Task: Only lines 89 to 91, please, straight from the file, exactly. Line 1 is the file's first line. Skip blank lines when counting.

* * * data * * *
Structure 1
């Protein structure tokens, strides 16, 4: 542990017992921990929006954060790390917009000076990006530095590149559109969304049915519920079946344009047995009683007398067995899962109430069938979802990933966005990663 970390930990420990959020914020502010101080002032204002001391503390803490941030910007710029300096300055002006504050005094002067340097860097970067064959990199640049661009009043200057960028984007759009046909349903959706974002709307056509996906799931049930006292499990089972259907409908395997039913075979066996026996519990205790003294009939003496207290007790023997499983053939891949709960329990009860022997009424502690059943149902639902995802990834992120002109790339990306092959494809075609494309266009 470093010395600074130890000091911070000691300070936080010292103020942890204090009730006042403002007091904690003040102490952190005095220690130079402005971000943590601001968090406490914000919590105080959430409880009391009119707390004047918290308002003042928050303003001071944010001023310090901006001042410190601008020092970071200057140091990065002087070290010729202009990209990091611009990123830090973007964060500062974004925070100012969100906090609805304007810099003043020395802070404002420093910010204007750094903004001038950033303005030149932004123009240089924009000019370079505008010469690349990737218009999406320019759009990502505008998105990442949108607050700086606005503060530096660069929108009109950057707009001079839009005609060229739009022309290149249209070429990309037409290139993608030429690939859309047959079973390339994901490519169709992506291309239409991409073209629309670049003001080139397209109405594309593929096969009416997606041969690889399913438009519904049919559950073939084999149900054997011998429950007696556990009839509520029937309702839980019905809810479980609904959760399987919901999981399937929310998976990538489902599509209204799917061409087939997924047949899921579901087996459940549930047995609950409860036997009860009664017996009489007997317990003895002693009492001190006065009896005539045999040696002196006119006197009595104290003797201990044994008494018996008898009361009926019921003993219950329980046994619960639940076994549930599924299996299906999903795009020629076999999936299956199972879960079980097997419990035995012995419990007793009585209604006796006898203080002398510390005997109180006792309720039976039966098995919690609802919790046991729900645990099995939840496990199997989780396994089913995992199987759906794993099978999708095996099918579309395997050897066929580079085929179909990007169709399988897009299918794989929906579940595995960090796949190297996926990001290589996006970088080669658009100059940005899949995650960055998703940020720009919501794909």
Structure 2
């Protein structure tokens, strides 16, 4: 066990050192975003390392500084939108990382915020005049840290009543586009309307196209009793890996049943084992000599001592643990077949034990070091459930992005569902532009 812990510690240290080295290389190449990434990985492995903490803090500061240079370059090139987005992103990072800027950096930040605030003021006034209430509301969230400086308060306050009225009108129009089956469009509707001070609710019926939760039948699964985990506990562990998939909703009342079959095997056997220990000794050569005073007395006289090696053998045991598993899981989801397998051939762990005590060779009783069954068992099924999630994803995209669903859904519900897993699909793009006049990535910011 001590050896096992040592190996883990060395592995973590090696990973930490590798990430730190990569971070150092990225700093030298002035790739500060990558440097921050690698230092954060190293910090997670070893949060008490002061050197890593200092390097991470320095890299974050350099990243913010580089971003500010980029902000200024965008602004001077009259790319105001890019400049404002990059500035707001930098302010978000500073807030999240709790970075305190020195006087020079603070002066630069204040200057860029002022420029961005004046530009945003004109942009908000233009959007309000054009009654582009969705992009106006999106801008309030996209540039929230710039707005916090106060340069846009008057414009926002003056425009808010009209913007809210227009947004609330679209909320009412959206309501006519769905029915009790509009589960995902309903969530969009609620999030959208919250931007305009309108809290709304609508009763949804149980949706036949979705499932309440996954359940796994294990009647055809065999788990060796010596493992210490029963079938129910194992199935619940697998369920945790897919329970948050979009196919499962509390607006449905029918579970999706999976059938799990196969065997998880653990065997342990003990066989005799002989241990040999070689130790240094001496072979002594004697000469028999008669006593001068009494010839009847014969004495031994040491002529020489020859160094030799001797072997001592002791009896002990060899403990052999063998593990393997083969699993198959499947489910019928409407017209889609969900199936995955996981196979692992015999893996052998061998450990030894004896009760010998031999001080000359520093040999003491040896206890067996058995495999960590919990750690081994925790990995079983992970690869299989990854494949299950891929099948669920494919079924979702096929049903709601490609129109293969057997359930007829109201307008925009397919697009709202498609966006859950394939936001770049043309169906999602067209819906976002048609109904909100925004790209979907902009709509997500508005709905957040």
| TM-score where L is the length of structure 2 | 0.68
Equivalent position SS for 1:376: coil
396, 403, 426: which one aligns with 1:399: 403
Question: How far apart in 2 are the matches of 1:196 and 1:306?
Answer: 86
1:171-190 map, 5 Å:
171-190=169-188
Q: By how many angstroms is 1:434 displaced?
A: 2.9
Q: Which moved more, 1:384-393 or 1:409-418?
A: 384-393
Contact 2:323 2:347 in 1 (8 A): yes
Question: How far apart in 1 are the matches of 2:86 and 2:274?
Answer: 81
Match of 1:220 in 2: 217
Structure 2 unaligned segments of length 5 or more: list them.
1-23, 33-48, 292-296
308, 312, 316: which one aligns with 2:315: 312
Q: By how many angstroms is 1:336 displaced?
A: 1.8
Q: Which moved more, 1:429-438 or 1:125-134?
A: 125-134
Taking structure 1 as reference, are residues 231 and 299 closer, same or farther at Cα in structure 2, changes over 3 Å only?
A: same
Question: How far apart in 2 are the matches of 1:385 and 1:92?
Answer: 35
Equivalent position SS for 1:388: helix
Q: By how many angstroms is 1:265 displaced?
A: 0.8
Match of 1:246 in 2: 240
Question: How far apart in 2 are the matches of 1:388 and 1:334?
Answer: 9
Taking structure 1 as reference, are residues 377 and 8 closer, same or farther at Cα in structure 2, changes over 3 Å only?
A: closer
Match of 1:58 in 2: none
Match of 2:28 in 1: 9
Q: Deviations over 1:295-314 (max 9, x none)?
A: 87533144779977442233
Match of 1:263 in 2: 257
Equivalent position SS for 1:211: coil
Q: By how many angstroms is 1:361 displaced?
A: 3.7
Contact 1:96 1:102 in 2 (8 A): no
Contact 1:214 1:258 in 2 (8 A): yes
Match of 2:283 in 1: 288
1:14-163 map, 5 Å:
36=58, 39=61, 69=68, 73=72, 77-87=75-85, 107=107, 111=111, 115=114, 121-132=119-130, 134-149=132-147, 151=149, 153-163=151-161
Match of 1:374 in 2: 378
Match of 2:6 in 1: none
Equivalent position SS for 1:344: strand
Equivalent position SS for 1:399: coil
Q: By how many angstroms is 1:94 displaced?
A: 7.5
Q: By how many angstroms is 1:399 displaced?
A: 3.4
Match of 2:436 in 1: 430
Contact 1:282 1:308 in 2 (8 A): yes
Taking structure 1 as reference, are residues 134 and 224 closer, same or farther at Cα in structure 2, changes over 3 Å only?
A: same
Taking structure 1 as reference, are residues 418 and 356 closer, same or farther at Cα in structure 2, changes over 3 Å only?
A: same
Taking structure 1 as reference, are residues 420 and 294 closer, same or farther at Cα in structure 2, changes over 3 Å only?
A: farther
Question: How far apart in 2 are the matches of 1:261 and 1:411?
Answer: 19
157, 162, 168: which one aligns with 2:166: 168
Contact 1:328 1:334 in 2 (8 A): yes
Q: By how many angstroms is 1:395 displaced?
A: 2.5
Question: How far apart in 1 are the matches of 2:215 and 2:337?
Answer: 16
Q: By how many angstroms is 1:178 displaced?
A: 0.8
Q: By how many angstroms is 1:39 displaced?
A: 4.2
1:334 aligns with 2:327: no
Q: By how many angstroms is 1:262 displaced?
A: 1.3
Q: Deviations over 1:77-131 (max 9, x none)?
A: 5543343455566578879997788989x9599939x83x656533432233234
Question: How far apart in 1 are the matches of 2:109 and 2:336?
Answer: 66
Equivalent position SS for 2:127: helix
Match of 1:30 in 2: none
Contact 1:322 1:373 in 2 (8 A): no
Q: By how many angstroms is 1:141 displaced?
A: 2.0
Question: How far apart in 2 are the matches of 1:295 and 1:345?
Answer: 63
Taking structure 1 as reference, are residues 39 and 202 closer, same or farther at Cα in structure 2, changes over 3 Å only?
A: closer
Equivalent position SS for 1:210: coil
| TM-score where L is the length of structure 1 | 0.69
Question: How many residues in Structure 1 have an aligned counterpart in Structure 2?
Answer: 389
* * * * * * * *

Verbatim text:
Contact 1:322 1:373 in 2 (8 A): no
Q: By how many angstroms is 1:141 displaced?
A: 2.0